No Screw Ups After 3D/DC!

By on April 15th, 2011 in Event


For several years now we’ve written about the legal and ethical complications that might occur when 3D printing tech enters the consumer realm. There is no shortage of pathological situations that might arise, be they related to copyright, patents or other regulatory regimes – all of which were designed for prior eras that didn’t include a technology enabling anyone to potentially make anything. 
There is a growing fear among leading 3D printing thinkers, companies and services that misguided regulations or misapplication of existing inadequate rules could severely hamper the deployment of 3D printing tech to the consumer space. Michael Weinberg of Public Knowledge wrote a paper dedicated to this thought, and its title sums up the scenario we find ourselves in quite correctly: “It Will Be Awesome If They Don’t Screw It Up”. 
But how can we avoid a screw up? One major step to avoid it is taking place in Washington DC on April 28th: 3D/DC. Major players in the 3D Printing space will assemble and attempt to inform DC policymakers on our new technology and what it means. Hopefully this event will influence policy direction towards a world enabled for replication by providing proper information on 3D printing tech in an appropriate context.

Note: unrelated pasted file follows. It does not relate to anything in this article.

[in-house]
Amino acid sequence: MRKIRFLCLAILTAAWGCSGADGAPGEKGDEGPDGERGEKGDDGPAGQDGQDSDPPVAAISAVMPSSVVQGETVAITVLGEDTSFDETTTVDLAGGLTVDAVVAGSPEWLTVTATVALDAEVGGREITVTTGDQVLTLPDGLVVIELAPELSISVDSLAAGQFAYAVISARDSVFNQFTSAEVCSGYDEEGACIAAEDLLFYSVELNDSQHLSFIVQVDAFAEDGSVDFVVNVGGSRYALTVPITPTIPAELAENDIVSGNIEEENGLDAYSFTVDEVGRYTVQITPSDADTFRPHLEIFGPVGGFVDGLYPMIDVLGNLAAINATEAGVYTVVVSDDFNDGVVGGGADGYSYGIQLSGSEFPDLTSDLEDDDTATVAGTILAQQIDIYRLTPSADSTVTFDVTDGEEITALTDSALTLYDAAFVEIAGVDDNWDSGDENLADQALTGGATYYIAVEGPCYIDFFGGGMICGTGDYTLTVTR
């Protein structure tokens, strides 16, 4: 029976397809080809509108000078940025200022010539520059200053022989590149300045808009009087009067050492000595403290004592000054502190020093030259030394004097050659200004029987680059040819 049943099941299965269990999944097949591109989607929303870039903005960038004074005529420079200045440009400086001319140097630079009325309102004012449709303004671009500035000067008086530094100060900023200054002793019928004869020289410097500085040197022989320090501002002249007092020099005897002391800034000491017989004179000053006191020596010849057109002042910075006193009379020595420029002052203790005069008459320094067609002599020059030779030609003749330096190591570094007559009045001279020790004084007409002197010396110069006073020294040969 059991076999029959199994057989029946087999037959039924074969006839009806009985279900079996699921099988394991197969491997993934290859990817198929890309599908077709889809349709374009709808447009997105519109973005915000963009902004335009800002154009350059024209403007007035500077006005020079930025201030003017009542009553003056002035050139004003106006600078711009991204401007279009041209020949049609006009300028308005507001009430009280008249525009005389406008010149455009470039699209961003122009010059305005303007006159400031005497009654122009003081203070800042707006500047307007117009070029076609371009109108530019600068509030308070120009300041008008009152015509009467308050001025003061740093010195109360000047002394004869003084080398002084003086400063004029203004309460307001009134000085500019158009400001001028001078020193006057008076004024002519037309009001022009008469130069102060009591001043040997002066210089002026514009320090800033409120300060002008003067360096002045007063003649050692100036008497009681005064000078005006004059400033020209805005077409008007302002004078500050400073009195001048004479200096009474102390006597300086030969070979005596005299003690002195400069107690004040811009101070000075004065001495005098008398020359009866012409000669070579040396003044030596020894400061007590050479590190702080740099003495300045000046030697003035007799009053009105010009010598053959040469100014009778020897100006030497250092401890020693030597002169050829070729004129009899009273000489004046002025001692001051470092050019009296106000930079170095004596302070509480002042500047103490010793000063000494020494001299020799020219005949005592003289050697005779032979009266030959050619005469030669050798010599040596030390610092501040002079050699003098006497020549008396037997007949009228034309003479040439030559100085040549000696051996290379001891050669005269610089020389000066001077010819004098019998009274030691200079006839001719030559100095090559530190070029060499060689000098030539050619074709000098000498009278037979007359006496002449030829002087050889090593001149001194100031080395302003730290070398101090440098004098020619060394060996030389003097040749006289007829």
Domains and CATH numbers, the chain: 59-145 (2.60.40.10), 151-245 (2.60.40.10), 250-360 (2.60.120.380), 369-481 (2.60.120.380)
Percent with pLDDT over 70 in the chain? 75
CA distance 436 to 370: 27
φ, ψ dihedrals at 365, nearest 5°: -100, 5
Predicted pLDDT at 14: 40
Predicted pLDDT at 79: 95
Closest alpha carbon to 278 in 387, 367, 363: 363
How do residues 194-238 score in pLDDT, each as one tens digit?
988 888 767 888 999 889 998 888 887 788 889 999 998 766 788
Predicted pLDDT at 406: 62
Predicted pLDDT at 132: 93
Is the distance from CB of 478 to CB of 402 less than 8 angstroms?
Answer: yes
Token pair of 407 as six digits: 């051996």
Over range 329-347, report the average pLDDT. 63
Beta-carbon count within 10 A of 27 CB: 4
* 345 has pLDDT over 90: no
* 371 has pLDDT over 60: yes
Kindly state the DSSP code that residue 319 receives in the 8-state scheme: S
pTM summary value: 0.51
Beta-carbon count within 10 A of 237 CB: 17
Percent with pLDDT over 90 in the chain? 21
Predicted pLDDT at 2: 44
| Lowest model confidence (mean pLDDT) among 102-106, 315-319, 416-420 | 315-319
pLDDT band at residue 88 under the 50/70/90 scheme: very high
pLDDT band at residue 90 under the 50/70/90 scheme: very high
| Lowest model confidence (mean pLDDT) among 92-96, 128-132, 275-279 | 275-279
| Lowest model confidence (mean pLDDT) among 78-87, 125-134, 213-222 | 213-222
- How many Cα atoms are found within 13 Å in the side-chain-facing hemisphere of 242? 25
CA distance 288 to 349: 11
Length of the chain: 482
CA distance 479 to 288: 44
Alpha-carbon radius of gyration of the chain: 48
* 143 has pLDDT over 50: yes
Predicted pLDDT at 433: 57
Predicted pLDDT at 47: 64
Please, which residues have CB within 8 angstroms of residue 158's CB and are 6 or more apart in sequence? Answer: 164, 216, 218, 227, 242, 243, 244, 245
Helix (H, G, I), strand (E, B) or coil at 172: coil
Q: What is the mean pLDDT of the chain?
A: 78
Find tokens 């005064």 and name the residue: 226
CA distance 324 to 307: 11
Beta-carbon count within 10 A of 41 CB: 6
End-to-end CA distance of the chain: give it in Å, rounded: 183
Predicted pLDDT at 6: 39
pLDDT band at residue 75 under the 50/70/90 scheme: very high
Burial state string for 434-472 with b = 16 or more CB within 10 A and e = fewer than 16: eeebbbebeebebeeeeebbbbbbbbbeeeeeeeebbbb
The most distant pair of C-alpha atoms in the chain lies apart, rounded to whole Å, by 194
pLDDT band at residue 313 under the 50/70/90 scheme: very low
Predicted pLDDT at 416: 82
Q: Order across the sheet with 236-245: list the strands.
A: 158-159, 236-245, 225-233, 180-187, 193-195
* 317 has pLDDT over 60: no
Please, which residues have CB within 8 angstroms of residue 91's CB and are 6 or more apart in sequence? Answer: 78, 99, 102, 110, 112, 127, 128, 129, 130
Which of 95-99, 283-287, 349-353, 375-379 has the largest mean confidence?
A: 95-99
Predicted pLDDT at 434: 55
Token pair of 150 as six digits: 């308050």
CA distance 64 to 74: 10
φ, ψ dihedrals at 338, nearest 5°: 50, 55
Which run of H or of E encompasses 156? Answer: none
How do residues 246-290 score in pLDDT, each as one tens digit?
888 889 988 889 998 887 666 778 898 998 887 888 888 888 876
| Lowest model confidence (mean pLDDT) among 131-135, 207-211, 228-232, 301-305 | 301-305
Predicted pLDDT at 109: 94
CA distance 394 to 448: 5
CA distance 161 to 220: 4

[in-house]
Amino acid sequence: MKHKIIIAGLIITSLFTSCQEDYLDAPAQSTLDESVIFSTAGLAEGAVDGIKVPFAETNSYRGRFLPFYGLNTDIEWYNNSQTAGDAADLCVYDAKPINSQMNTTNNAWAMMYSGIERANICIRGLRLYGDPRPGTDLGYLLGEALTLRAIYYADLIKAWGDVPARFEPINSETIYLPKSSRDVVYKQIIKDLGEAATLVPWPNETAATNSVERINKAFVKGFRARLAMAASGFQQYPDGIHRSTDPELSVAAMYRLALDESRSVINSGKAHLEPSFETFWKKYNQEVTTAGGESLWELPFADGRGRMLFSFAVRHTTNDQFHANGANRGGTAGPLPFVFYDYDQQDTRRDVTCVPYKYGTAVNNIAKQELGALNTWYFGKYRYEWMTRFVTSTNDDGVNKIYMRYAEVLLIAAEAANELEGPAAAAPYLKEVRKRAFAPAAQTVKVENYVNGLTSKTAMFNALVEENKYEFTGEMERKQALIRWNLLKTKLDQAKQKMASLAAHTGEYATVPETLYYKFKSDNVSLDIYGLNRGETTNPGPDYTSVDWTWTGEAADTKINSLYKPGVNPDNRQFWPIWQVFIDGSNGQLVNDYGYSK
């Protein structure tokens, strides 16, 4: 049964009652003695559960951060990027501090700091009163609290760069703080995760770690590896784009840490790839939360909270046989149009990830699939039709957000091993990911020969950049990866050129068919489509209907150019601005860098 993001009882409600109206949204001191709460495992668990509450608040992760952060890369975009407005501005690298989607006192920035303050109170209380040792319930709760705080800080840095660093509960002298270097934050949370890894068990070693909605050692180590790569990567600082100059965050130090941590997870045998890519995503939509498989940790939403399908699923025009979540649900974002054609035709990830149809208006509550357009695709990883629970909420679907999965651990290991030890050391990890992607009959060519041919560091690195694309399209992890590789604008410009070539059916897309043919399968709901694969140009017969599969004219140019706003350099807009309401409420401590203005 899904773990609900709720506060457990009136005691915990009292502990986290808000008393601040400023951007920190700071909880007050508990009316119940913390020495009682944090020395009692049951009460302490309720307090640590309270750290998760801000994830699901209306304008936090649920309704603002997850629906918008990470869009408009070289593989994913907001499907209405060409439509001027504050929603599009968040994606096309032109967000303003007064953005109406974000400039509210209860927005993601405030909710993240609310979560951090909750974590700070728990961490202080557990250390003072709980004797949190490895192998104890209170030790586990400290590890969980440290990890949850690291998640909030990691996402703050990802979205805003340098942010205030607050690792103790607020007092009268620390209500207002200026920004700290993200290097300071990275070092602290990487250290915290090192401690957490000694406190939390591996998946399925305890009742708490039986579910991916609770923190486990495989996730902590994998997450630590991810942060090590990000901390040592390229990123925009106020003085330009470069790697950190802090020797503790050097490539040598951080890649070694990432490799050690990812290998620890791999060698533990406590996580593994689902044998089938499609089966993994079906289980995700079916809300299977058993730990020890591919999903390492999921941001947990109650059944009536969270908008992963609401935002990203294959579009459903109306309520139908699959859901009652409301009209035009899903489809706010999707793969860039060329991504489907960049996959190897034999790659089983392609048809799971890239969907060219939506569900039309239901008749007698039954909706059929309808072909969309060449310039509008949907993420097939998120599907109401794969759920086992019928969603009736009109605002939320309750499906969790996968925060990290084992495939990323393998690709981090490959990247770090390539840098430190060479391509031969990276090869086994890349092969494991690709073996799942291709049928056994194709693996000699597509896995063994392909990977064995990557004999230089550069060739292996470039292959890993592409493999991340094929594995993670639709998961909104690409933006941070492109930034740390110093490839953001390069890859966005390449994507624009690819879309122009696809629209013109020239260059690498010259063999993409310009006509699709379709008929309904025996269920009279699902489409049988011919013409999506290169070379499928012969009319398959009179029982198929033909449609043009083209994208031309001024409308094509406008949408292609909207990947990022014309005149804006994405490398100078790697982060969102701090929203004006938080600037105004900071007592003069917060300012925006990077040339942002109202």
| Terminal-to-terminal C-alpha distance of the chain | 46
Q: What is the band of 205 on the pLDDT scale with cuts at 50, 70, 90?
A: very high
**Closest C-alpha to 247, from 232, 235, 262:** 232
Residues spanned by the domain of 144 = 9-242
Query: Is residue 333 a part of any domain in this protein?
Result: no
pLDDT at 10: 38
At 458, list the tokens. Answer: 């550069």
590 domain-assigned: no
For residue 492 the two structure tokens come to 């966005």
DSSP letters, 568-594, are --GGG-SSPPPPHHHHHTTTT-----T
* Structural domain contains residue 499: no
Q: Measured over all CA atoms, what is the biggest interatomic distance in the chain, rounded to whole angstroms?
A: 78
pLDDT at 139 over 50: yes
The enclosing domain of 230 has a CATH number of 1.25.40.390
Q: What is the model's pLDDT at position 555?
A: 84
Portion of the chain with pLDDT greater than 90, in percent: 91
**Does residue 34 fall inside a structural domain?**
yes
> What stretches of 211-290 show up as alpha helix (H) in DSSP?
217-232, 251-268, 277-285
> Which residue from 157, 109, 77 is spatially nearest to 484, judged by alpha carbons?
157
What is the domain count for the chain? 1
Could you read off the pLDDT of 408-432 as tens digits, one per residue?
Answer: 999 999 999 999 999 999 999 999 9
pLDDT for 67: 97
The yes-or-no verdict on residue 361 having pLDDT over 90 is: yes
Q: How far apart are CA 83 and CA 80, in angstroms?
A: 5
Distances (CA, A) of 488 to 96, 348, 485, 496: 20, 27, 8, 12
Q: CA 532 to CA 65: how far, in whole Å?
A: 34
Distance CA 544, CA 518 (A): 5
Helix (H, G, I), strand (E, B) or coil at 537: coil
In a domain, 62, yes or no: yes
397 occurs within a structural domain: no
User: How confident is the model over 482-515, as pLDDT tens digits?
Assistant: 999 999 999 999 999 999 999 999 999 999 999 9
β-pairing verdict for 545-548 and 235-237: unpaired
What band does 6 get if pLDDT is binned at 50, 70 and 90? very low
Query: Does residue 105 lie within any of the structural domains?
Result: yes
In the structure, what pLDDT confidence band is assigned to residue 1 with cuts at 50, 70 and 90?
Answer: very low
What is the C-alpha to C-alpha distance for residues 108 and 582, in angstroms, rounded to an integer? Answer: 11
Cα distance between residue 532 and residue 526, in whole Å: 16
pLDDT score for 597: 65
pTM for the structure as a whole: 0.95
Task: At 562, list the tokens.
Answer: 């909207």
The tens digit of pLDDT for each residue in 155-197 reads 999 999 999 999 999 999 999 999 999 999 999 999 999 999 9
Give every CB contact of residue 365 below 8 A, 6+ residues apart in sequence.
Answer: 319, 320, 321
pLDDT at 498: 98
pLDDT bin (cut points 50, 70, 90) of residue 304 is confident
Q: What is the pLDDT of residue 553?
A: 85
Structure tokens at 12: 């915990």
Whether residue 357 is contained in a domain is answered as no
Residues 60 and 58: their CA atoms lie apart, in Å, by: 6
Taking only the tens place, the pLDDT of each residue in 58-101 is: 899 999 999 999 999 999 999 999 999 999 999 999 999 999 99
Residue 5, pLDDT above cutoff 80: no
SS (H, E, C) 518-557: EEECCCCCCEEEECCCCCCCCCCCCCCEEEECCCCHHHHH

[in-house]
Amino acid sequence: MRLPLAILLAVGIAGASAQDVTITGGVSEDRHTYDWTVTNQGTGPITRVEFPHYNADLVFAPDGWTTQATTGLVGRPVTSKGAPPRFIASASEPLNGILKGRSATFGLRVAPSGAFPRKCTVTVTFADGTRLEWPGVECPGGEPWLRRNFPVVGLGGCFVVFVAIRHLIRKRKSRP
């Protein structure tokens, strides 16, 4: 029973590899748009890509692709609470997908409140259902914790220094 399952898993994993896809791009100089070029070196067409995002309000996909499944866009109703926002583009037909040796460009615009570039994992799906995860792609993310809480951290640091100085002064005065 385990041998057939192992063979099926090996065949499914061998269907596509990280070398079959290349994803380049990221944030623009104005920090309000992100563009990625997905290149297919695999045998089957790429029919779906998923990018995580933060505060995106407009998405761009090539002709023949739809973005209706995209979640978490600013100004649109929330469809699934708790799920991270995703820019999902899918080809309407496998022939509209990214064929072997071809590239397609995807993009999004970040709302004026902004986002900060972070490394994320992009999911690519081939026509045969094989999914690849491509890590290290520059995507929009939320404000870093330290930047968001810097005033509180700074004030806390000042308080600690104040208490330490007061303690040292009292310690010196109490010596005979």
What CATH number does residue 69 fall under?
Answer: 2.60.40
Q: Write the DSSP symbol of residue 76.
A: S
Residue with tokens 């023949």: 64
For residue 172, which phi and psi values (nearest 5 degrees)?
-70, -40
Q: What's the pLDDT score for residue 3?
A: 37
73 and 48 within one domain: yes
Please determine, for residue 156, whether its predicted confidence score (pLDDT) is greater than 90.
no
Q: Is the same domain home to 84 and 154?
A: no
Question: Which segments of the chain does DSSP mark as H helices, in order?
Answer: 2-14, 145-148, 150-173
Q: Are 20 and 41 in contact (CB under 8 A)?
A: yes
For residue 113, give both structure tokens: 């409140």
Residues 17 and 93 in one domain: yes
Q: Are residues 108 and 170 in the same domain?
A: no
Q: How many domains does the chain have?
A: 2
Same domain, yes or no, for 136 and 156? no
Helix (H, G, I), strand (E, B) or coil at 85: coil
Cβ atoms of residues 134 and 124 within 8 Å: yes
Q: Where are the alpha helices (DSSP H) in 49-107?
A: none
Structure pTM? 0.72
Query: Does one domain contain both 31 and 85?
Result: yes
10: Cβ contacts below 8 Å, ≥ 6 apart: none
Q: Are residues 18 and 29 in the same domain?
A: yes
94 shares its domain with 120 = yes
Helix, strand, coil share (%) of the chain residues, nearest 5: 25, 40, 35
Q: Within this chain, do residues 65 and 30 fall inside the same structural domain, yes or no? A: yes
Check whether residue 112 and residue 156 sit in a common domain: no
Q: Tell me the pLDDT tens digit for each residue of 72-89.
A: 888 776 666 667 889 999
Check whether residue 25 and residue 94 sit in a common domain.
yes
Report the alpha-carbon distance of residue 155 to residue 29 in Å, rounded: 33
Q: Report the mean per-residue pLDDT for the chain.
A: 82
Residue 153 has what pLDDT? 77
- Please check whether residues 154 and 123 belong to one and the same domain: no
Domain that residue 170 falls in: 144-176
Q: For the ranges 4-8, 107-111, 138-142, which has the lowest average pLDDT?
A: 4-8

Attending, demonstrating and presenting at the event: 3D Systems, ExOne, Fab@Home, MakerBot, Makergear, Shapeways, The Association for Manufacturing Technology, CloudFab, Interactive Fabrication/Computational Design Lab, Metrix Create:Space, Rael San Fratello Architects, the Society of Manufacturing Engineers and ZCorp. 
We’re hoping this event proves to be *the* turning point for technology enablement. We’ve seen screw ups in the music and motion picture industries; please, let’s not do it again. 

By Kerry Stevenson

Kerry Stevenson, aka "General Fabb" has written over 8,000 stories on 3D printing at Fabbaloo since he launched the venture in 2007, with an intention to promote and grow the incredible technology of 3D printing across the world. So far, it seems to be working!

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